Gene may make a difference ‘Born to RUN ‘
The study examined 155 track and field athletes who had competed in national or international track and field competitions. The athletes were further subdivided into endurance group (10,000 meter and marathon runners) and a sprint group (100- and 200-meter and long jump). The control group consisted of 240 non-athletic healthy individuals.
These groups were further divided into elite-level (those who had represented Israel in the world track and field championships or in the Olympics) and national-level (those who had competed in national competitions, but not international).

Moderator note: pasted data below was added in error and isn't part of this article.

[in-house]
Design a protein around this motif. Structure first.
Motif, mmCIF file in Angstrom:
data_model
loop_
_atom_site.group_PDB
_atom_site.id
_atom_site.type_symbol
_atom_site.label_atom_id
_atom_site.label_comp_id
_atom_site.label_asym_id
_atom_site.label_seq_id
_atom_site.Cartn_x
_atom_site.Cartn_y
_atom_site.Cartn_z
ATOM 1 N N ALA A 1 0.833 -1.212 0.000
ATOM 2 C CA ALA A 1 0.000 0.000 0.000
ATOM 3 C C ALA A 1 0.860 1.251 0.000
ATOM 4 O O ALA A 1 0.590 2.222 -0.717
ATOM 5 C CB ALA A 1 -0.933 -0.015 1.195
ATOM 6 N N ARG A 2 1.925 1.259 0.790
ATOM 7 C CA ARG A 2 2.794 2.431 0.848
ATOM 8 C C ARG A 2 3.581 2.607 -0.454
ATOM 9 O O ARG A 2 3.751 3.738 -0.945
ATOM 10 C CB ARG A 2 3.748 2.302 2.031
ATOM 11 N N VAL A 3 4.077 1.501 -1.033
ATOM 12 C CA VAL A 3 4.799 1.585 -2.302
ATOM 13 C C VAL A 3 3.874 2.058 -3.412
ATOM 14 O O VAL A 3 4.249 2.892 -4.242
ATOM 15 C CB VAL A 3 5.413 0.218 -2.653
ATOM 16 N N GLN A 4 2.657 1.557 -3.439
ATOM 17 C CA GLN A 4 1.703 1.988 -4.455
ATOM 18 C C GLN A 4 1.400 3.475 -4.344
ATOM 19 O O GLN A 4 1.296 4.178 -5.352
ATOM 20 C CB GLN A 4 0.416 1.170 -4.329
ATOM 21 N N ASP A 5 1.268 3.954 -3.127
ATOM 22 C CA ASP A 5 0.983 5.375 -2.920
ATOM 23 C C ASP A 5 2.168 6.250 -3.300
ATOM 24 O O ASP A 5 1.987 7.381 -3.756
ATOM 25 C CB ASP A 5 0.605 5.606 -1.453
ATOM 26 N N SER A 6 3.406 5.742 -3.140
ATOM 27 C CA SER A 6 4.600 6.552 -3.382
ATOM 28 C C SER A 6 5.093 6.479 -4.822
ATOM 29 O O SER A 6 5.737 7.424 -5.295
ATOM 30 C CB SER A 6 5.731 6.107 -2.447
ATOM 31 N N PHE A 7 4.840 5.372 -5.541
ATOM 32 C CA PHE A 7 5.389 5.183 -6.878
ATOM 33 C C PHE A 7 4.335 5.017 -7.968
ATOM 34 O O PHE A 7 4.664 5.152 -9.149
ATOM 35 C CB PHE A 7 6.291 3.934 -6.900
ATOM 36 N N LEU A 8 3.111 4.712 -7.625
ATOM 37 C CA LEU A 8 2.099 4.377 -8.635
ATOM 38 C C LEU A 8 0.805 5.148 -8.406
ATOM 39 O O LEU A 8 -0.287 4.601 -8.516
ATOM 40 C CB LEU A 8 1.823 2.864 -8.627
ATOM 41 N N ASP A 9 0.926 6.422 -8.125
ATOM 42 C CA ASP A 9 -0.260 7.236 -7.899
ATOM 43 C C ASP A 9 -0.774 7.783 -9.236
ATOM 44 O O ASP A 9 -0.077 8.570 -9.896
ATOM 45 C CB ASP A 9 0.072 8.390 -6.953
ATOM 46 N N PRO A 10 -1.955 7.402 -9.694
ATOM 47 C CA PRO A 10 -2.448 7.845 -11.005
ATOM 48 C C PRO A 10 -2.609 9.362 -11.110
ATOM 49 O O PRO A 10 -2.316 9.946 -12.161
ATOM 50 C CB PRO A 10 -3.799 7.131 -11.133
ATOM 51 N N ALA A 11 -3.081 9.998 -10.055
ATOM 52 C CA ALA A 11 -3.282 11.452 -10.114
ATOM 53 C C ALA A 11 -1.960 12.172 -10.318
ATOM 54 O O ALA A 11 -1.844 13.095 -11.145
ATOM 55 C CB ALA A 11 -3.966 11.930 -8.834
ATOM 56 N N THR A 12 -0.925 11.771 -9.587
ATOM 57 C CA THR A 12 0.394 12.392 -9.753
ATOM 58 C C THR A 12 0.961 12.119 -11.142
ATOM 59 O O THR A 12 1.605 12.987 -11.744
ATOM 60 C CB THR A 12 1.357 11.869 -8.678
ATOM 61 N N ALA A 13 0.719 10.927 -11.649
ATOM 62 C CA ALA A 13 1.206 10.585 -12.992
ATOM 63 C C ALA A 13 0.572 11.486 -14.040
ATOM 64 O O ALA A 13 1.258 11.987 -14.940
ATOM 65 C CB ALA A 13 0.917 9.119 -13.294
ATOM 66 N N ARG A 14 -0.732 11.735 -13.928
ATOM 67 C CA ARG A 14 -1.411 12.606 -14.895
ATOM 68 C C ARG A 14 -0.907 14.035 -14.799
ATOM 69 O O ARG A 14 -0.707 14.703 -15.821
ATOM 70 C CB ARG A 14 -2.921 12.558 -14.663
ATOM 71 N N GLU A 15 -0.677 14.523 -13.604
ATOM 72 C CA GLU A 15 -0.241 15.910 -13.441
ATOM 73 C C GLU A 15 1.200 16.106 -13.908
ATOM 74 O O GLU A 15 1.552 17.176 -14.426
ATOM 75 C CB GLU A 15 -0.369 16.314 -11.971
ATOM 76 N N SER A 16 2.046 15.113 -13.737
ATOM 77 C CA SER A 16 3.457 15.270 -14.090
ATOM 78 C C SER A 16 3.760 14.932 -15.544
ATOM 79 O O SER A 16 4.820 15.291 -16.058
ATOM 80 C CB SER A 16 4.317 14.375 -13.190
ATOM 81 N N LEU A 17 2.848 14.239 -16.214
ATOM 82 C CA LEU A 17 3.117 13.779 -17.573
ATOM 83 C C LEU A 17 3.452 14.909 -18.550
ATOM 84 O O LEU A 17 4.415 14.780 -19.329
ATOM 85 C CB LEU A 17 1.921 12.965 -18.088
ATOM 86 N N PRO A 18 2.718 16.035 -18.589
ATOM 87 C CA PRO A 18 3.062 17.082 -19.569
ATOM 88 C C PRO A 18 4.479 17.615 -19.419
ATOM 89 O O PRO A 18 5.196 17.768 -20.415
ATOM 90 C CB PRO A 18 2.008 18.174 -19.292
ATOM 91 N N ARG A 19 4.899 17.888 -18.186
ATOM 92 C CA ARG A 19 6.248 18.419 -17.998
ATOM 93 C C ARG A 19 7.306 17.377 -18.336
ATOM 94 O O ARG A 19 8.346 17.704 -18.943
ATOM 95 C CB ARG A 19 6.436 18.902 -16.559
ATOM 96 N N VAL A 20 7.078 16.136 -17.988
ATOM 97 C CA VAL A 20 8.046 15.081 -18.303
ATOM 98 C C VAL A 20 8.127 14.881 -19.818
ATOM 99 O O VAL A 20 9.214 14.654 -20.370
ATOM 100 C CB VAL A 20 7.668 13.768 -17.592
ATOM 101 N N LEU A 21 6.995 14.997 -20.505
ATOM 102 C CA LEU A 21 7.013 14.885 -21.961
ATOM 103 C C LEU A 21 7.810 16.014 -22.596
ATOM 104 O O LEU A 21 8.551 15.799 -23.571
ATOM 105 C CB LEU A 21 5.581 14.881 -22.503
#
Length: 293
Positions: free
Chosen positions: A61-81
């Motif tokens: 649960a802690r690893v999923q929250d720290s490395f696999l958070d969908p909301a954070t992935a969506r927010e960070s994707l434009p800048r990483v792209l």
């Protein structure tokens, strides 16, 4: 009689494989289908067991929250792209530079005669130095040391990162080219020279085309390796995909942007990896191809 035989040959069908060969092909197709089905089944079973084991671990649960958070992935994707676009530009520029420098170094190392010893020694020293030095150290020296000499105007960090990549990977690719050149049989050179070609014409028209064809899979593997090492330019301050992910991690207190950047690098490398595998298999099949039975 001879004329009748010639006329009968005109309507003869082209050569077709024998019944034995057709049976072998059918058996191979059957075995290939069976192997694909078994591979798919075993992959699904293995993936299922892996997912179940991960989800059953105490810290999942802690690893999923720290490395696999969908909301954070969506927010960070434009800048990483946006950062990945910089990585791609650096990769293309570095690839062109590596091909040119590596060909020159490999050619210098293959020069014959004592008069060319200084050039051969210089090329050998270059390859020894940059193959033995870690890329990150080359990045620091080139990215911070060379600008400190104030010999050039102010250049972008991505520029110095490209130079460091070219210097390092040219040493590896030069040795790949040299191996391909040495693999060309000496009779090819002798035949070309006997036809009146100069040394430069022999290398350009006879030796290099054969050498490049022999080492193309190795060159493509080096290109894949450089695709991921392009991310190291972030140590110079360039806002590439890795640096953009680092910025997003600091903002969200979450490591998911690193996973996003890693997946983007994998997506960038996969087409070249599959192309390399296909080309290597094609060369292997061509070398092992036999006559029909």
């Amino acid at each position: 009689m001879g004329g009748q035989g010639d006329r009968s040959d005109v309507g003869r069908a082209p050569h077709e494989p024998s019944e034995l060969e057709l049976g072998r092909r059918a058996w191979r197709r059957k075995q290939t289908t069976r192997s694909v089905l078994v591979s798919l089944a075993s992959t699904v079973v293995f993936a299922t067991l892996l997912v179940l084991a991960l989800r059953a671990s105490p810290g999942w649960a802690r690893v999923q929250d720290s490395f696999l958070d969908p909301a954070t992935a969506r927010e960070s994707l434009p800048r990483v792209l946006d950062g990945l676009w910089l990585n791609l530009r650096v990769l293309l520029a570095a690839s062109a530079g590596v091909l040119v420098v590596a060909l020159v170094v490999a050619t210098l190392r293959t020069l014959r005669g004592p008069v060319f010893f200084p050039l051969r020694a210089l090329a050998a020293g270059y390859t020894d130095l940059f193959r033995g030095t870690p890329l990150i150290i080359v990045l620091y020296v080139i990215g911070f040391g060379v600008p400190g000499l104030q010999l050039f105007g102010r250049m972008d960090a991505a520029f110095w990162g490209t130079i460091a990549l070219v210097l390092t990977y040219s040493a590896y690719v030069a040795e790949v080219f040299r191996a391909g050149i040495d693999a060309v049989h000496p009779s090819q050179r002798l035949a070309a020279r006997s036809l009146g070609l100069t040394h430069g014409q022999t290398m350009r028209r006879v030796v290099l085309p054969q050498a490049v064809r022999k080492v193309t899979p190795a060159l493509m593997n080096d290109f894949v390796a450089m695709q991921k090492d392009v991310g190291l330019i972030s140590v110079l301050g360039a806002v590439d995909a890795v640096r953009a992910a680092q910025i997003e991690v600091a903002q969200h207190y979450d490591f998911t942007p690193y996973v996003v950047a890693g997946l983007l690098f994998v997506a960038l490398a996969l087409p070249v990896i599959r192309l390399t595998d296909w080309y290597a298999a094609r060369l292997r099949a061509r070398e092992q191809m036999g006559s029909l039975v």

The study found that two variations in the NRF2 gene (specifically, the NRF2 A allele and the NRF2 C/T genotype) occurred more often in endurance athletes than in sprinters. “Eighty percent of the elite-level endurance athletes were carrying the A allele of the NRF2 A/C single nucleotide protein, compared to only 46% of the elite-level sprinters,” Nir. Eynon said. The study also found that the combined NRF2 AA+ NRF2 C/T genotype was more frequent in endurance athletes than in the sprinters group and the control group.
“So,” concludes Eynon, “some of us are truly born to run.”